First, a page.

Under the new leadership of 32-year-old Crown Prince Mohammed bin Salman, Saudi Arabia has found itself in the middle of a storm generated by internal opponents to his rule, the country’s foreign adversaries, and partly by the young ruler himself. Earlier in November, Saudi air defenses intercepted a missile fired at Riyadh by Iranian-backed Houthi rebels. On the same day, Saudi authorities arrested dozens of senior figures, including well-connected royals like Prince Walid Bin Talal, on corruption charges and Lebanese Prime Minister Saad Hariri, while traveling in Riyadh, announced his resignation and denounced Iran’s long arm in Lebanon, Hezbollah. Saudi officials followed Hariri’s statement with warnings of their own, explaining that as long as Lebanon was controlled by Hezbollah, it would be treated as an enemy.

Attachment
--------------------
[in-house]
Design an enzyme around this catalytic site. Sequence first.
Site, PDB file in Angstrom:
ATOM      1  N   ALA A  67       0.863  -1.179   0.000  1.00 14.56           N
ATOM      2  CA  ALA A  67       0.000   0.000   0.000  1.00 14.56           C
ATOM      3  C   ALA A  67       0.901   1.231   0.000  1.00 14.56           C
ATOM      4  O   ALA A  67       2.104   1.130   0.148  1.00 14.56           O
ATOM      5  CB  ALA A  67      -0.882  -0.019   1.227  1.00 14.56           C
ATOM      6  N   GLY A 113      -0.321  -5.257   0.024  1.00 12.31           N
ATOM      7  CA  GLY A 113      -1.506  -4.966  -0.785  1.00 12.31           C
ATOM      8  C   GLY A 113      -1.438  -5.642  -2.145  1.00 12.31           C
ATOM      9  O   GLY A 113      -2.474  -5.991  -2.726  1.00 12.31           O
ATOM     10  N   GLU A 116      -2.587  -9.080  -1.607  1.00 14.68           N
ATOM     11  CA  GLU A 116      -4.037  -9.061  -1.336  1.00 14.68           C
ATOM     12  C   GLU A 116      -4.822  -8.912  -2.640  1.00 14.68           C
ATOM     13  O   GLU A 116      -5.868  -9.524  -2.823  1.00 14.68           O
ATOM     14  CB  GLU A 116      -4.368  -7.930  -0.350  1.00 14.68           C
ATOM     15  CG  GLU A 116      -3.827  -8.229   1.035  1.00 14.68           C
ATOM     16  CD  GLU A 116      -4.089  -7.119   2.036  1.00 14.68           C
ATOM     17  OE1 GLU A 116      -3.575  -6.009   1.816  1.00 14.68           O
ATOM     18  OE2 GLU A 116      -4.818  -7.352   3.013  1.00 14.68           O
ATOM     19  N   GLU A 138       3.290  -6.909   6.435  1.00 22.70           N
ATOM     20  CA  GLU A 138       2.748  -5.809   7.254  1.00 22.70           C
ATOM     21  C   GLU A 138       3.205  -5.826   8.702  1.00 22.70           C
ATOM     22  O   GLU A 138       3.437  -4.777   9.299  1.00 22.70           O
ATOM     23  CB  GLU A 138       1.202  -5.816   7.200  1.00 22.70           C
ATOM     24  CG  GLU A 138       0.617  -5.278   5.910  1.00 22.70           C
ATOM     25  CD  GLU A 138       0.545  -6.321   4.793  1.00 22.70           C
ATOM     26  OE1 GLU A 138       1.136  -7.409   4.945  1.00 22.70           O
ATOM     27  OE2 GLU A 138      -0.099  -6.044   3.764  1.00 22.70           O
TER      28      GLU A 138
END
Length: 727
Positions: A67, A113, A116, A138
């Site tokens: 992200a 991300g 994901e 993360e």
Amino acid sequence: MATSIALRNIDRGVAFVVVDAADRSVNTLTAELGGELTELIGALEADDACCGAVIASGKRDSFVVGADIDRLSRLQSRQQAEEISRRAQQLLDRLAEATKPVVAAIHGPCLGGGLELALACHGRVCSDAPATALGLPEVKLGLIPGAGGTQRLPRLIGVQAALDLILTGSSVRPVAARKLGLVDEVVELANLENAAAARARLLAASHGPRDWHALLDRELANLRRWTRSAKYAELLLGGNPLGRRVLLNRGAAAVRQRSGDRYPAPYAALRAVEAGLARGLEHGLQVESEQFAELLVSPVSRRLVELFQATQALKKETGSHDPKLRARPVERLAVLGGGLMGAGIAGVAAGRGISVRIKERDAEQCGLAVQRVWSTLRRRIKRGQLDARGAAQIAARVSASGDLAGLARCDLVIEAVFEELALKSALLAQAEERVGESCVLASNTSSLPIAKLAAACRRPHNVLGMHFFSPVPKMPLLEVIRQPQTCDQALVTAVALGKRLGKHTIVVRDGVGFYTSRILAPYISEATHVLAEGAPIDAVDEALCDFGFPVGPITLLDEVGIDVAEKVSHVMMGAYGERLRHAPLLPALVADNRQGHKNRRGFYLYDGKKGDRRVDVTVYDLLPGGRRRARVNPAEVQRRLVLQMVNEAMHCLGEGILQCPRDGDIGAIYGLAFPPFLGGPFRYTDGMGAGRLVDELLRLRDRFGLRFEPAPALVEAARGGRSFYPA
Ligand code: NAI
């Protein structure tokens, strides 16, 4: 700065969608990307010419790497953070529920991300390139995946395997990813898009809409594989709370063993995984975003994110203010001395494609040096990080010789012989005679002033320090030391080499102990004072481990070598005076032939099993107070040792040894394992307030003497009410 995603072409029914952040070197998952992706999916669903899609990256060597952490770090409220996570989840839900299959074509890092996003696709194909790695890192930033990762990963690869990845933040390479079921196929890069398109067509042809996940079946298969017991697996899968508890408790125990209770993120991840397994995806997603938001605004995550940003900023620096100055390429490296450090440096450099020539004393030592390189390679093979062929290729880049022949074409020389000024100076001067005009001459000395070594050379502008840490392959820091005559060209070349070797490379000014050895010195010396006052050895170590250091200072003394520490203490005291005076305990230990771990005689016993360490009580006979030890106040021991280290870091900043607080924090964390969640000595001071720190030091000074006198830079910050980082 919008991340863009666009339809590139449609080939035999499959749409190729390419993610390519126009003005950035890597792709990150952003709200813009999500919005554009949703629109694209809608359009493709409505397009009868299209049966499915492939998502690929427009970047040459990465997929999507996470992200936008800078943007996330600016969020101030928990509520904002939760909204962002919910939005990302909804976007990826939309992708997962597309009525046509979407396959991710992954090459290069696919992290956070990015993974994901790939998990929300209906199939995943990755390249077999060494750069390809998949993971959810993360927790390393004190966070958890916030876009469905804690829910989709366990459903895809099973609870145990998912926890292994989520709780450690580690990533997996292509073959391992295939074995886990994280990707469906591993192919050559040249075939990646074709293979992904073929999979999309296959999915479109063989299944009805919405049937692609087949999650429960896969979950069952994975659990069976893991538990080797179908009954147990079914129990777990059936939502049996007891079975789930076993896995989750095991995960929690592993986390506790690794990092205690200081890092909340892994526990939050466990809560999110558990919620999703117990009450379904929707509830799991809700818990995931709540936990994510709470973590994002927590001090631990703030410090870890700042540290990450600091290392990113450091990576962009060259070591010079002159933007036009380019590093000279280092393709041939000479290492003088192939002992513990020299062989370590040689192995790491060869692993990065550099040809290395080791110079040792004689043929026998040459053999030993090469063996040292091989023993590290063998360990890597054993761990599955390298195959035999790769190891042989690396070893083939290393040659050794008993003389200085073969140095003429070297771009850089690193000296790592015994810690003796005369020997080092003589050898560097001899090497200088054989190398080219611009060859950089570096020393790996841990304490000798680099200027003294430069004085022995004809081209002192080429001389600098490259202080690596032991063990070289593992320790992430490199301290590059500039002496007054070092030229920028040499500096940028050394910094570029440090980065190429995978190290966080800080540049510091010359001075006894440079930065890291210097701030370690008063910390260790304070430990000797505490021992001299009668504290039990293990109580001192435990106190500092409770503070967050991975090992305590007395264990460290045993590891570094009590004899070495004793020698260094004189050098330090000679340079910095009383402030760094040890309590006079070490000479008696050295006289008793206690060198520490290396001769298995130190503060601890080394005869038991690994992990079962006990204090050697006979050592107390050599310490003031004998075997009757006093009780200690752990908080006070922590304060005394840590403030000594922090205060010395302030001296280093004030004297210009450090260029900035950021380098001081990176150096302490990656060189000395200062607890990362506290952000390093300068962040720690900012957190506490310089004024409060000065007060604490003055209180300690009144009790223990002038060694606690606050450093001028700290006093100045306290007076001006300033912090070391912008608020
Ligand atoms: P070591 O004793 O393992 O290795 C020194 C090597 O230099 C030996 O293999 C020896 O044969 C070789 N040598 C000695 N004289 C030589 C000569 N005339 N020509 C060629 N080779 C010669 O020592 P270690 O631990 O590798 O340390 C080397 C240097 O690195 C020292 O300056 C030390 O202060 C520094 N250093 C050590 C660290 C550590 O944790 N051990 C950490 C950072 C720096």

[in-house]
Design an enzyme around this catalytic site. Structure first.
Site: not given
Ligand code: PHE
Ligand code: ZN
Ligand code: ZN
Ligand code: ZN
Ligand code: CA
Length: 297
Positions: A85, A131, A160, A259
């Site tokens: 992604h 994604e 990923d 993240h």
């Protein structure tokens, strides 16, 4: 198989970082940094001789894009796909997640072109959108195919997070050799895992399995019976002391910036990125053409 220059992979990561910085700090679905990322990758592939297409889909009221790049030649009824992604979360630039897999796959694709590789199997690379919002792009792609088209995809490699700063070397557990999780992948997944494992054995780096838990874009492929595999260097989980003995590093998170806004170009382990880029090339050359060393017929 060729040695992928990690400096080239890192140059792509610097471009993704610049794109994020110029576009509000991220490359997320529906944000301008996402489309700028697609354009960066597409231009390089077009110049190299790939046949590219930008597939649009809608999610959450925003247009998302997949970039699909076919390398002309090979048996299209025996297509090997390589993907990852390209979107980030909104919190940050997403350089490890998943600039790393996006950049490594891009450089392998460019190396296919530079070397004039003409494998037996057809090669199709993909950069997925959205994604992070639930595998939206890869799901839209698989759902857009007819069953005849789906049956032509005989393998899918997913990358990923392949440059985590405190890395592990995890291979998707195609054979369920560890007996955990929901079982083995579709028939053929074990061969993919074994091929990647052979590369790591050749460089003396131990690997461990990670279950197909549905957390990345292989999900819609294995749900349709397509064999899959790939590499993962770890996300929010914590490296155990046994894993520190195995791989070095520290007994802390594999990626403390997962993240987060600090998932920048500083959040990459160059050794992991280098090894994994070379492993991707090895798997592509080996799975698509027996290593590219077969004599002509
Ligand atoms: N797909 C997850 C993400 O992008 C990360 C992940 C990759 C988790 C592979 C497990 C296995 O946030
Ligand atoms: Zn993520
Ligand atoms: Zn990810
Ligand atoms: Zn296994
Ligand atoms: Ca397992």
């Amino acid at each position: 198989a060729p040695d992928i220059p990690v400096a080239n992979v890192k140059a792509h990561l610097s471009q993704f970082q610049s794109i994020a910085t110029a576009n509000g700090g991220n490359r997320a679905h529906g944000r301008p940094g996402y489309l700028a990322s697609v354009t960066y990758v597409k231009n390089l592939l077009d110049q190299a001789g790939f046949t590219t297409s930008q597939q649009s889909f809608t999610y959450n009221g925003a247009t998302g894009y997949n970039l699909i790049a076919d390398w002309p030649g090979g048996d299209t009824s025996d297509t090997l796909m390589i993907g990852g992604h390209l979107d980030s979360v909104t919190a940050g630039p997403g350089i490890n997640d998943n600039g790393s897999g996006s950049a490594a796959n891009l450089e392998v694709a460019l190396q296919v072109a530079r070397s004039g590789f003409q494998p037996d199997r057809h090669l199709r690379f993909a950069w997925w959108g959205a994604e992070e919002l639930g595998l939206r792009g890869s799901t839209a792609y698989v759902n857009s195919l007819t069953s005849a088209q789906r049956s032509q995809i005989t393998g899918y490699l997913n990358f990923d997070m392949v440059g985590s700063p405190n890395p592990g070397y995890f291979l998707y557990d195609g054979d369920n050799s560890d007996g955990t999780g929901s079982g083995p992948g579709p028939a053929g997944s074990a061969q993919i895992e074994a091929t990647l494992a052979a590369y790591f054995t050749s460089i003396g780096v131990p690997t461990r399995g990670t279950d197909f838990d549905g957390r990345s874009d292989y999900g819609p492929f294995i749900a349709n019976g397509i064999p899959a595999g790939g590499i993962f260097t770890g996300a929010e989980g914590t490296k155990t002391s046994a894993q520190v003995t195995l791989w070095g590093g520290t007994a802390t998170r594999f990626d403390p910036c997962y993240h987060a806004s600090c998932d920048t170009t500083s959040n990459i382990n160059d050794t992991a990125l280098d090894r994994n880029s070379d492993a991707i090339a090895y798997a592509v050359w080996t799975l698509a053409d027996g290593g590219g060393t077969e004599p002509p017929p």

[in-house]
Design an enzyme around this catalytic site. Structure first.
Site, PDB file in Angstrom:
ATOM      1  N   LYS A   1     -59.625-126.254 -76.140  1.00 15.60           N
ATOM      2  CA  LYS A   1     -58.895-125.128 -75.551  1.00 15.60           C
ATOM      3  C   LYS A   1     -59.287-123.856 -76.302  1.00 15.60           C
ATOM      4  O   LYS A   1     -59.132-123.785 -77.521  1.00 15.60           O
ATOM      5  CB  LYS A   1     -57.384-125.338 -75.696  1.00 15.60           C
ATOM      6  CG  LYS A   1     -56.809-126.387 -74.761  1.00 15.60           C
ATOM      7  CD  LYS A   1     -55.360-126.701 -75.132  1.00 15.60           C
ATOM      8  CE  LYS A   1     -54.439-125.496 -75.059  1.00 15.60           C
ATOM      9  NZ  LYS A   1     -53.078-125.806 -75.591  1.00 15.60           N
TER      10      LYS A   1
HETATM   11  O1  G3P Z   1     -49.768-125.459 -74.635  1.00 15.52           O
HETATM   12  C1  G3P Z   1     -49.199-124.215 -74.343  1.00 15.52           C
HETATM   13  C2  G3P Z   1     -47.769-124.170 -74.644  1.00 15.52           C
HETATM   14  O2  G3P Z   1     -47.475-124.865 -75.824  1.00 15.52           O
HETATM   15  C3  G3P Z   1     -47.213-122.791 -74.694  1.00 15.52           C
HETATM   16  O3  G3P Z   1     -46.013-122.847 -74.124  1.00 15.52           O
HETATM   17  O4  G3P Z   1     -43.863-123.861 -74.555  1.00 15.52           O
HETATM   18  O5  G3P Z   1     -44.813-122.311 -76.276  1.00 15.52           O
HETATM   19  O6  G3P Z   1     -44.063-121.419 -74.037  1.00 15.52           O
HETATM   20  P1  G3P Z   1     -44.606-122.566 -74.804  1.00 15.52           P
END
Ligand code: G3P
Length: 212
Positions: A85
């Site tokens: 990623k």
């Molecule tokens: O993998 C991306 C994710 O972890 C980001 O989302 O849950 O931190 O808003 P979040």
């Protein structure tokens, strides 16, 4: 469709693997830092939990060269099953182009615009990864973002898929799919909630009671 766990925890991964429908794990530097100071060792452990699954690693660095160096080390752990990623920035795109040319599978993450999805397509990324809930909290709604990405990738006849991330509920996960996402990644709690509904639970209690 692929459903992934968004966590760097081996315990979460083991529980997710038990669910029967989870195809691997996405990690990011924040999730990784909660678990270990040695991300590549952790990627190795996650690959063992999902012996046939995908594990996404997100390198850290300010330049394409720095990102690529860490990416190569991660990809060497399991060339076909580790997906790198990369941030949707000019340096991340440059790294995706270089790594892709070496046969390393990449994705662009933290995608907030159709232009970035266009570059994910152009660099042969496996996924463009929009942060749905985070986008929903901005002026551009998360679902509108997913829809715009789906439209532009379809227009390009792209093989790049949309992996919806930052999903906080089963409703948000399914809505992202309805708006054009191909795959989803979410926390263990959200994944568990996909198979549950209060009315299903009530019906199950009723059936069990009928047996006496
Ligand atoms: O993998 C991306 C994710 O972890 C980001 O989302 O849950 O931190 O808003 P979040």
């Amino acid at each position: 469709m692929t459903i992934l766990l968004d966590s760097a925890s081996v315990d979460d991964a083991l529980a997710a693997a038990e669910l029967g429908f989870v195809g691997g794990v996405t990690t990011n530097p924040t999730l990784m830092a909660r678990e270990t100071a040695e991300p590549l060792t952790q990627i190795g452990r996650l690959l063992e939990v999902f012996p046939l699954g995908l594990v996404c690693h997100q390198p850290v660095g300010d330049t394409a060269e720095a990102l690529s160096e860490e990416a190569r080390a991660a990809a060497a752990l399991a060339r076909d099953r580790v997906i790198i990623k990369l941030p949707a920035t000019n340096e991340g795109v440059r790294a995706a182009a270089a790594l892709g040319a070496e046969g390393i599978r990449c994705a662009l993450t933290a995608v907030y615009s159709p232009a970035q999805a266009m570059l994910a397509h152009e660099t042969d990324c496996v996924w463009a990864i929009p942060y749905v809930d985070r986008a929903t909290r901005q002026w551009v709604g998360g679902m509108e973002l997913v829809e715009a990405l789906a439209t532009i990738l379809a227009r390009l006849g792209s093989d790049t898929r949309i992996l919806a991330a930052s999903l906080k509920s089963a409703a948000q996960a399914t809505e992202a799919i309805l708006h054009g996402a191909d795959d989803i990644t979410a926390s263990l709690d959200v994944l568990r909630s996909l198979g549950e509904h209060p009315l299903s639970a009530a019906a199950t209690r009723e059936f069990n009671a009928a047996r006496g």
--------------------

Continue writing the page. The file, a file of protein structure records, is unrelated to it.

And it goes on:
Is Lebanon Saudi Arabia’s newest regional theater of conflict with Iran, after Yemen and Syria? What’s the Crown Prince’s next move? What does it mean for Lebanon if Hezbollah’s base of operations is now a potential conflict zone? And how is the Trump administration managing its regional partners and the larger strategic picture in the Middle East?
On November 20, Hudson Institute held an important and timely lunchtime panel discussion moderated by Lee Smith, and featuring Michael Doran, Mohammed Alyahya, and Tony Badran.